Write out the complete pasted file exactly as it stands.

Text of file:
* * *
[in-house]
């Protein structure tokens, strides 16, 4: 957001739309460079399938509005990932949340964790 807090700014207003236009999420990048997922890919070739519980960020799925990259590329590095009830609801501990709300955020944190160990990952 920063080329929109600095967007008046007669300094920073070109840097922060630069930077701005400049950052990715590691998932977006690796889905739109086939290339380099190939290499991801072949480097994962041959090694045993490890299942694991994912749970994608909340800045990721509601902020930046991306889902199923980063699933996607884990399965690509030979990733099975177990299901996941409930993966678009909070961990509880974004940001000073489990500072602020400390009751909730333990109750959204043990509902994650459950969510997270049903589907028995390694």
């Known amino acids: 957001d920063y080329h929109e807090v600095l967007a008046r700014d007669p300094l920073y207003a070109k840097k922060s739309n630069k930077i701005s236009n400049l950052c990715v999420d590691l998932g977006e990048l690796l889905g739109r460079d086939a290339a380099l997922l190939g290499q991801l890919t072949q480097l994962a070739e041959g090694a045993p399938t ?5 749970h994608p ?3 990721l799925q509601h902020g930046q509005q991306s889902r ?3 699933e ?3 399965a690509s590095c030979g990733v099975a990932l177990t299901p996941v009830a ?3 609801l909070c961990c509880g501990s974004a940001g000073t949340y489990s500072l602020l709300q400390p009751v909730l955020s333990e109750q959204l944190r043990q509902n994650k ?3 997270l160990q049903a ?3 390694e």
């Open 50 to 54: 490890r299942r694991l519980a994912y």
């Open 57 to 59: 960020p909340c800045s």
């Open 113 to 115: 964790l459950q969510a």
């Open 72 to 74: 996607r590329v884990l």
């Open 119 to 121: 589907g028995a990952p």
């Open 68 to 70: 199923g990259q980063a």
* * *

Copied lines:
[in-house]
């Protein structure tokens, strides 16, 4: 957001739309460079399938509005990932949340964790 807090700014207003236009999420990048997922890919070739519980960020799925990259590329590095009830609801501990709300955020944190160990990952 920063080329929109600095967007008046007669300094920073070109840097922060630069930077701005400049950052990715590691998932977006690796889905739109086939290339380099190939290499991801072949480097994962041959090694045993490890299942694991994912749970994608909340800045990721509601902020930046991306889902199923980063699933996607884990399965690509030979990733099975177990299901996941409930993966678009909070961990509880974004940001000073489990500072602020400390009751909730333990109750959204043990509902994650459950969510997270049903589907028995390694």
């Known amino acids: 957001d920063y080329h929109e807090v600095l967007a008046r700014d007669p300094l920073y207003a070109k840097k922060s739309n630069k930077i701005s236009n400049l950052c990715v999420d590691l998932g977006e990048l690796l889905g739109r460079d086939a290339a380099l997922l190939g290499q991801l890919t072949q480097l994962a070739e041959g090694a045993p399938t ?5 749970h994608p ?3 990721l799925q509601h902020g930046q509005q991306s889902r ?3 699933e ?3 399965a690509s590095c030979g990733v099975a990932l177990t299901p996941v009830a ?3 609801l909070c961990c509880g501990s974004a940001g000073t949340y489990s500072l602020l709300q400390p009751v909730l955020s333990e109750q959204l944190r043990q509902n994650k ?3 997270l160990q049903a ?3 390694e």
């Open 50 to 54: 490890r299942r694991l519980a994912y």
């Open 57 to 59: 960020p909340c800045s």
């Open 113 to 115: 964790l459950q969510a």
């Open 72 to 74: 996607r590329v884990l």
């Open 119 to 121: 589907g028995a990952p």
């Open 68 to 70: 199923g990259q980063a």